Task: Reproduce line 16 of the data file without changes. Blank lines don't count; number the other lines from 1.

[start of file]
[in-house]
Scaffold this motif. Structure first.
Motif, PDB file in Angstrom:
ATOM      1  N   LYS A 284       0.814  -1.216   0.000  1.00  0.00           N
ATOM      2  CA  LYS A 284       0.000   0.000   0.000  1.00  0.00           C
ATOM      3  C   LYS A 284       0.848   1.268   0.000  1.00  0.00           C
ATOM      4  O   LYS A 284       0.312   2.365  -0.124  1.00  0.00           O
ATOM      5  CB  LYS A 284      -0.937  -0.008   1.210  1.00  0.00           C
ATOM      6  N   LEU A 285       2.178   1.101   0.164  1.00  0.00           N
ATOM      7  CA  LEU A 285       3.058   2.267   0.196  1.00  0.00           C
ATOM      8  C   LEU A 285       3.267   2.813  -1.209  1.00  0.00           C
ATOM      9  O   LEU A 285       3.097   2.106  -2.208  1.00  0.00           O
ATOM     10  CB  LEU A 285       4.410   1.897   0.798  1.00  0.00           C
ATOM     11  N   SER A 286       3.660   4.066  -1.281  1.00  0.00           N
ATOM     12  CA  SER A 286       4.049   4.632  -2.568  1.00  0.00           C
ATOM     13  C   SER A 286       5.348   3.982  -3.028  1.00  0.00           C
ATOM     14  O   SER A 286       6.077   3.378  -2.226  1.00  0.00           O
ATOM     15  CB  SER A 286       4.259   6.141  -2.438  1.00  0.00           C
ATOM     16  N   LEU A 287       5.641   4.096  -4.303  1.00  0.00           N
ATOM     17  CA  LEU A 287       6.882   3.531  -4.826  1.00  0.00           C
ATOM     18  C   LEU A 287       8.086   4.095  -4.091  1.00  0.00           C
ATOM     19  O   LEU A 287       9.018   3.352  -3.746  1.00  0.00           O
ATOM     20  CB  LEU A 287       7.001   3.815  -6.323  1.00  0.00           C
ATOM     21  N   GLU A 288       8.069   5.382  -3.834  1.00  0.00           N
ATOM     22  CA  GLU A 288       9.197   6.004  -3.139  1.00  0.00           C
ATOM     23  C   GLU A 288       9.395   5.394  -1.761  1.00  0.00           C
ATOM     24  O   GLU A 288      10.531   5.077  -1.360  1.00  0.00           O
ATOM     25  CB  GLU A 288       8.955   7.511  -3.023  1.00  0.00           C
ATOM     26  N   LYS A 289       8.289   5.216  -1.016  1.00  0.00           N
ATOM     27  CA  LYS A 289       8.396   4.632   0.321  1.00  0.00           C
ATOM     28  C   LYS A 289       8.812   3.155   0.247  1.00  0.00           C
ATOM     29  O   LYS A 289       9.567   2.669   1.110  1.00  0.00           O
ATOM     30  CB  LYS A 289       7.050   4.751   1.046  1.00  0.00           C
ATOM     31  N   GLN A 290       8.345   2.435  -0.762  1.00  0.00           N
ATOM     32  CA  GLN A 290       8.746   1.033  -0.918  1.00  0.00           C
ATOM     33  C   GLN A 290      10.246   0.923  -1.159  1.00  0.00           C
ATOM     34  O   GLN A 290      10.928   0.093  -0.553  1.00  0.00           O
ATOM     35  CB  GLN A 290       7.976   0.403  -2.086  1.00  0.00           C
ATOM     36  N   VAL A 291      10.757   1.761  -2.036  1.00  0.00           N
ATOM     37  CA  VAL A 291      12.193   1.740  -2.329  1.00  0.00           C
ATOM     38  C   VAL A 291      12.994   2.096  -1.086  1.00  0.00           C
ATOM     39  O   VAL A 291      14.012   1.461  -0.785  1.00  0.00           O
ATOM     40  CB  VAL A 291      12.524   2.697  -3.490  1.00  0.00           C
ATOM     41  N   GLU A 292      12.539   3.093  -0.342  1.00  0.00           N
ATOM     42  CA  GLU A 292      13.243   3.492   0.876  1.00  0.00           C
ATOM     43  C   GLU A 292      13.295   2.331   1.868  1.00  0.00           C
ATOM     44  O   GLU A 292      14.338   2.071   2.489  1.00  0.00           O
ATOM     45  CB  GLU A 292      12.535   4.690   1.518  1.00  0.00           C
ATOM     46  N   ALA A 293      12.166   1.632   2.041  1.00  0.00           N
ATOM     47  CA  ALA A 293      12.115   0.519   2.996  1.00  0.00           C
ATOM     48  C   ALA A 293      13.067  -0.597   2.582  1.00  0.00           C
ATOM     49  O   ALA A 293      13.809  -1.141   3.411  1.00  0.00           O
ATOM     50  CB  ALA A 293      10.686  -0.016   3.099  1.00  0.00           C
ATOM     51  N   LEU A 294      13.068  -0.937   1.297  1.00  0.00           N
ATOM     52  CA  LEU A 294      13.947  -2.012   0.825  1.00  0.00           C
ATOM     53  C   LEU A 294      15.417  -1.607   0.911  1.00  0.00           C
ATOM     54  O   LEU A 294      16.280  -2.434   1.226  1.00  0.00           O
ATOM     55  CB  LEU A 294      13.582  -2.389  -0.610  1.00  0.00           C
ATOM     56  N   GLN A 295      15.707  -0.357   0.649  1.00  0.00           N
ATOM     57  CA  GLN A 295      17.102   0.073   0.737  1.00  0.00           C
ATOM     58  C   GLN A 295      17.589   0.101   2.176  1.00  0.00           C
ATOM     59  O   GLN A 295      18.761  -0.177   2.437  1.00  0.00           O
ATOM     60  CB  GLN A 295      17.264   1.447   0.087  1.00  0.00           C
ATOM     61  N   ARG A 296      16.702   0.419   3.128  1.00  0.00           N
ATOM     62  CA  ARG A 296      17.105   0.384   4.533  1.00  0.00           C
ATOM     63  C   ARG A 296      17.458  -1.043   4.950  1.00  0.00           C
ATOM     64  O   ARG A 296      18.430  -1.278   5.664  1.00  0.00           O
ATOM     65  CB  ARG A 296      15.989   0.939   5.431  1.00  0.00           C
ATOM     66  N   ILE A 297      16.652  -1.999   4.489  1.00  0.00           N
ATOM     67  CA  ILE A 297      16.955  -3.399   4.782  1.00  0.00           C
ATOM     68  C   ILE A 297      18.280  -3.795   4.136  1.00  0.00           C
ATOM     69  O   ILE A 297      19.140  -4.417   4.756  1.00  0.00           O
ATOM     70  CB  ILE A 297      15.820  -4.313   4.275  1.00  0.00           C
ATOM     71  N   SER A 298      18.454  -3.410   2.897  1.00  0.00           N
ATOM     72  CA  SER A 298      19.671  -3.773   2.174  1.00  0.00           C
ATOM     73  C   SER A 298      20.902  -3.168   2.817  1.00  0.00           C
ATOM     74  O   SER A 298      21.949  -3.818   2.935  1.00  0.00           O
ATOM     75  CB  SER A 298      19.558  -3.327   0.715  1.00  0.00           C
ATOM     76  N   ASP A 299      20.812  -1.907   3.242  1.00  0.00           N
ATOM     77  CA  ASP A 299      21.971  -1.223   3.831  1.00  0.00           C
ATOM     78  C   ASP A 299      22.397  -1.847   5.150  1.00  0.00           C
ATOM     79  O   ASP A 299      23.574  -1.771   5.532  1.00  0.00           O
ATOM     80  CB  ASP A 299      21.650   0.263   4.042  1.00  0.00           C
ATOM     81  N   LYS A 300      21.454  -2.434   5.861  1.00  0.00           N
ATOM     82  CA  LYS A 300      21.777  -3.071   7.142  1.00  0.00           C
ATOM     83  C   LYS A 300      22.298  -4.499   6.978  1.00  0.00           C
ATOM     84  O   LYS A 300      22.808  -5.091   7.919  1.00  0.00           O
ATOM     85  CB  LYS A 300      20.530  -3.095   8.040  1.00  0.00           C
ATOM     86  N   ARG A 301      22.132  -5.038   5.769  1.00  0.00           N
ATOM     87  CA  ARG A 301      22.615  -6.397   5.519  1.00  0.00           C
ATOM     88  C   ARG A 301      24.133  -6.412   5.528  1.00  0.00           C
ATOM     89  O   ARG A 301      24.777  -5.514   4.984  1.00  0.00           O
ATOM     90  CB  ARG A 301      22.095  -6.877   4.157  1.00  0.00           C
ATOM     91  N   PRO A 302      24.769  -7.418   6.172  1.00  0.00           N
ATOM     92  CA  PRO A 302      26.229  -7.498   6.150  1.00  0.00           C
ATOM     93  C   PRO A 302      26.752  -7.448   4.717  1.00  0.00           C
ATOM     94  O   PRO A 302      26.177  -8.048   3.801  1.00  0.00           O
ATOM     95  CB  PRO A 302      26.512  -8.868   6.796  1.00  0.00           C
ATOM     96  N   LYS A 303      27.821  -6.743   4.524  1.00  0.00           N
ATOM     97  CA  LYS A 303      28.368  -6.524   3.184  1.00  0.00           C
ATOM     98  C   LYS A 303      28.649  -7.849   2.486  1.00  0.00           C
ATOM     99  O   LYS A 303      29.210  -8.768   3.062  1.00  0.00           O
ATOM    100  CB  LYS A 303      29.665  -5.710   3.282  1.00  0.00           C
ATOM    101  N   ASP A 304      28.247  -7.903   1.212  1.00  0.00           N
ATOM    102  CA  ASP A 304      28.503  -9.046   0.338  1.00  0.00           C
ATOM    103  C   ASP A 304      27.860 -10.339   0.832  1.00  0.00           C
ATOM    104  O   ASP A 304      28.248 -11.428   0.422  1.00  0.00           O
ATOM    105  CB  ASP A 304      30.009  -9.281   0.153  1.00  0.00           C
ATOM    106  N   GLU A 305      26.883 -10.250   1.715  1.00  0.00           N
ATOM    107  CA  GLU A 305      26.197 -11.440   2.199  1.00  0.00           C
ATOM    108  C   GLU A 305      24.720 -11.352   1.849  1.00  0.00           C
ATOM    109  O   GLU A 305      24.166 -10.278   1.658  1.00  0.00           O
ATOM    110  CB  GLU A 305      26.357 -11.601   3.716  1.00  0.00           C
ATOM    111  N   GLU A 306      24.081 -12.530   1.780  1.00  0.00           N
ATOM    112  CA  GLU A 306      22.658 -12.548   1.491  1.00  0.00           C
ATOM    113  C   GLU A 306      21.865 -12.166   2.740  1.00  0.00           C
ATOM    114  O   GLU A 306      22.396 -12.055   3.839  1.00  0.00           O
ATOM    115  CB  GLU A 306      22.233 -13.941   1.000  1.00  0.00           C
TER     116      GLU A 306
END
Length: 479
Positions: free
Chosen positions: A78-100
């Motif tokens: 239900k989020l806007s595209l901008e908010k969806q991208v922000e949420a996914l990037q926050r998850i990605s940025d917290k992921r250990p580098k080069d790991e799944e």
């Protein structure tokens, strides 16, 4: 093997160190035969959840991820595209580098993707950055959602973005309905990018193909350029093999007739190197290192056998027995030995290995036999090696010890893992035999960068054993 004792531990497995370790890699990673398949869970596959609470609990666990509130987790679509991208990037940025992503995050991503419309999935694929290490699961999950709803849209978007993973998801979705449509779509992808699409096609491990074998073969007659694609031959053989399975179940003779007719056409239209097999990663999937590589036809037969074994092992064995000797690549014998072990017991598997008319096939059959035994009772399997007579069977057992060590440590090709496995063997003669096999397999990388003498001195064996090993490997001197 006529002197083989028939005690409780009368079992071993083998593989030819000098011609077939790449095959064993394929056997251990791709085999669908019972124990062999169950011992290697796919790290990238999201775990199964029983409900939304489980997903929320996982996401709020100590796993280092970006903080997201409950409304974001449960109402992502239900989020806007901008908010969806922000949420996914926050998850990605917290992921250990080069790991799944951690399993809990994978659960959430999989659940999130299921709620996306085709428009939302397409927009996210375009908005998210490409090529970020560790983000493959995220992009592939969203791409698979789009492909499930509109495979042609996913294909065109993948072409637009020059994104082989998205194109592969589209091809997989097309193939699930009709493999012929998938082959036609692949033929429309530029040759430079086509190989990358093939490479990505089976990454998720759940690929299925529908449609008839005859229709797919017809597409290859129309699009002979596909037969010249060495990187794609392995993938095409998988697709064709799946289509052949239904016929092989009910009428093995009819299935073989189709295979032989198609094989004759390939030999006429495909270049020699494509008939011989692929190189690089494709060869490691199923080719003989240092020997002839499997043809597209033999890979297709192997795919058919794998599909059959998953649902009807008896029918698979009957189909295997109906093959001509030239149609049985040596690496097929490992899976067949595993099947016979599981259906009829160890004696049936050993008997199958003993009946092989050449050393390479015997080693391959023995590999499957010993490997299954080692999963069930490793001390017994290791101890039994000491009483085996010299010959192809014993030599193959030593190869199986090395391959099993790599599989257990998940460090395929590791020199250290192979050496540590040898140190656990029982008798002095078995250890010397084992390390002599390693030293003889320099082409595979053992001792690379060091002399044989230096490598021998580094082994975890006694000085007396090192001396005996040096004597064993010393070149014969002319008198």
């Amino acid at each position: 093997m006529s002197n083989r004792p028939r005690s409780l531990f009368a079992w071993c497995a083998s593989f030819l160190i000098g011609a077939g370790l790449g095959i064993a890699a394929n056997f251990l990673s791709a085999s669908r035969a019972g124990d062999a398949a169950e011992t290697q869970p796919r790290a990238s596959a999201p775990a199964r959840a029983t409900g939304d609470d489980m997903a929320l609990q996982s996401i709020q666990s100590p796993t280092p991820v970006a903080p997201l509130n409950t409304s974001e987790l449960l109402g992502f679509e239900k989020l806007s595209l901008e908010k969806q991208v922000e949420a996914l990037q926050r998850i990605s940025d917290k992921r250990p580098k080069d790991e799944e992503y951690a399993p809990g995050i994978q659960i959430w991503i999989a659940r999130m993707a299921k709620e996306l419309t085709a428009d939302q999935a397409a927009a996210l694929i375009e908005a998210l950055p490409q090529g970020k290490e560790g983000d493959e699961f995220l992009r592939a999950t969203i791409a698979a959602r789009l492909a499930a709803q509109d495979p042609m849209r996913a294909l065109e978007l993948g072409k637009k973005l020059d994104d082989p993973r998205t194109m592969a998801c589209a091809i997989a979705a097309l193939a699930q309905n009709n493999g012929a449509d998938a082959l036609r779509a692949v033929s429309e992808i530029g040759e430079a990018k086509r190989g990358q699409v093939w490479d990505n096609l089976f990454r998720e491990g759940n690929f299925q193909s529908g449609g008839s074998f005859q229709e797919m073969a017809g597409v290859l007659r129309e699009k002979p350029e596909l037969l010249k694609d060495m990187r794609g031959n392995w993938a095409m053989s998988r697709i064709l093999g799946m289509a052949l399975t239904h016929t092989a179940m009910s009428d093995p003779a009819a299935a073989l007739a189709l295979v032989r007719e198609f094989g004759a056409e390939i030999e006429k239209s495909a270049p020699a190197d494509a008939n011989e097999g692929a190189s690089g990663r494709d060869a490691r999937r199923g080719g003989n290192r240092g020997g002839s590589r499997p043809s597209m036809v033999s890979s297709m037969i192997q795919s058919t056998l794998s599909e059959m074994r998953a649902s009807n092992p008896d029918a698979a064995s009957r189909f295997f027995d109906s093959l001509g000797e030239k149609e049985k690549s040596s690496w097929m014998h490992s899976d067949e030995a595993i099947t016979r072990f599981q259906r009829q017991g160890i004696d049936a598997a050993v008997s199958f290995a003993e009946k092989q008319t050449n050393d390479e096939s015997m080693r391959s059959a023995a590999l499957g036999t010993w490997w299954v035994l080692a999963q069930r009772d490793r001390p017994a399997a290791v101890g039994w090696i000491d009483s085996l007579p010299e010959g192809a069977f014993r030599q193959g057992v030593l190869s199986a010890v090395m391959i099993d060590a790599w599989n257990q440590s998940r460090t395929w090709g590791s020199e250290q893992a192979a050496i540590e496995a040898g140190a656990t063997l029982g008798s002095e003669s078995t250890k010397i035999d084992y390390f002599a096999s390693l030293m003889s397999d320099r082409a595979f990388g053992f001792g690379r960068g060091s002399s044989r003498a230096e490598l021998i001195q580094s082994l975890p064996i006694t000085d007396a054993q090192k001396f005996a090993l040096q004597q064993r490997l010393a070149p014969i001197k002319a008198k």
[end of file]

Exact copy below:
ATOM     13  C   SER A 286       5.348   3.982  -3.028  1.00  0.00           C